Artist Takashi Murakami on Making His Dark, "Murakamiesque" Children's Film, Jellyfish Eyes

"I decided to make the character more cute."

Photograph courtesy of Chika Okazumi/courtesy of Black Frame; ;Stills from Jellyfish Eyes 2013 by Taka Koike

We spoke with the Pop Art icon about his first feature film, the children's movie Jellyfish Eyes, which he's taking on a nine-stop screening tour (organized by Los Angeles gallery Blum and Poe) through the United States this month.

After working across various media in highly collaborative settings for more than two decades, you decided to turn to film. Was it something you'd always wanted to do, or a relatively new desire?

It was both, really. I've always wanted to make a film, but when I attempted to make an animated feature early in my career, there was so much that was foreign to me that I was unable to complete the project. After that experience, I had given up on making a film until three years ago when I met Yoshihiro Nishimura, who served as my co-producer and right hand man on set during the shooting of Jellyfish Eyes. He encouraged me to give film another try.


Photograph courtesy of Chika Okazumi/courtesy of Black Frame; ;Stills from Jellyfish Eyes 2013 by Taka Koike

You made the movie in response to problems you saw in Japan after the 2011 tsunami. But why a kids' film?

When I was a child, I watched [the Japanese TV series] Ultraman, which occasionally had strong messages. I found that aspect boring at the time, but the seeds it planted bloomed when I grew older. I wanted to create that same kind of story for the children of today.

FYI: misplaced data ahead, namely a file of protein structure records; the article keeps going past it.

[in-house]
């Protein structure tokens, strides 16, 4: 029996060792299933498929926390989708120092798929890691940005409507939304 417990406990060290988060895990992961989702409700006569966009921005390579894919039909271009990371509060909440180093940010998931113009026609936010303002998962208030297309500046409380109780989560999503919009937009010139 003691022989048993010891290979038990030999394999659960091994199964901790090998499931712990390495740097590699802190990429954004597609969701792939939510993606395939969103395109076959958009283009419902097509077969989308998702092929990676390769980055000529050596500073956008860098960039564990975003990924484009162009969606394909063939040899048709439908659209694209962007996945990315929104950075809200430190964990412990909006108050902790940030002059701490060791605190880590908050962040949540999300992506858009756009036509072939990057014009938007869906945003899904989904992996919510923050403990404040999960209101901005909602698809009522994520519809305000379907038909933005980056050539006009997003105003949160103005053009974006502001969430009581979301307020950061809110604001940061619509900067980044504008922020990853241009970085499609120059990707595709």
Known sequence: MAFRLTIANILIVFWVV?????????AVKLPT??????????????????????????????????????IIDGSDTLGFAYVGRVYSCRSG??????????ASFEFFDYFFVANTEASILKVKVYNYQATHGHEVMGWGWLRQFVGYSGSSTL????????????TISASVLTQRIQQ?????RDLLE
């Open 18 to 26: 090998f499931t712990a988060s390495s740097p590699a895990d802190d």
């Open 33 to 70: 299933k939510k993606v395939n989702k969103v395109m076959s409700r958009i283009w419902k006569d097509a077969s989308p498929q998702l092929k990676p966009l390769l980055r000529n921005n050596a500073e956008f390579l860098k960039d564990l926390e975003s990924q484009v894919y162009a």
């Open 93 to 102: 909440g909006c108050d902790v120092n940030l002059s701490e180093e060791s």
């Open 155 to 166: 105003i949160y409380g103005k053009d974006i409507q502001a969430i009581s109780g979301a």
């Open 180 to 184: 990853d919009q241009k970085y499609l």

How did the look/design of Kurage-bo and Luxor evolve from your original conception to the way they appear on screen?

In my original designs, Kurage-bo was a rather grotesque character with a long neck and more humanoid appearance. But after I decided to go all out in making this a kids' film, and also on the advice of my producers who understood my reputation and audience in Japan, I decided to make the character more cute. We then created new sketches and built new scale models, the latter of which were actually used in the filming. For Luxor, we created a full-scale costume with an actor inside during shooting. The costume still exists and we use it at events, where it has been quite popular.


Photograph courtesy of Chika Okazumi/courtesy of Black Frame; ;Stills from Jellyfish Eyes 2013 by Taka Koike

Do you have any hopes or expectations for how American audiences will engage with the film?

In some ways, America is actually home turf for me. I think it's probably where I have the greatest number of fans and my work always seems to receive a lot of attention. When we screened the film in Los Angeles last year, the reaction of the audience—such as where people laughed or responded emotionally—was very different from audiences in Japan. Those differences are a great reference point for me, so I'm very excited to screen it here again.

I'm also working on Jellyfish Eyes parts 2 and 3, and I'd like to show those abroad too, so I'd be happy if people see this as just an initial volley.

How would you describe the next two movies in the series?

Darker. And closer to what people would normally consider "Murakamiesque."

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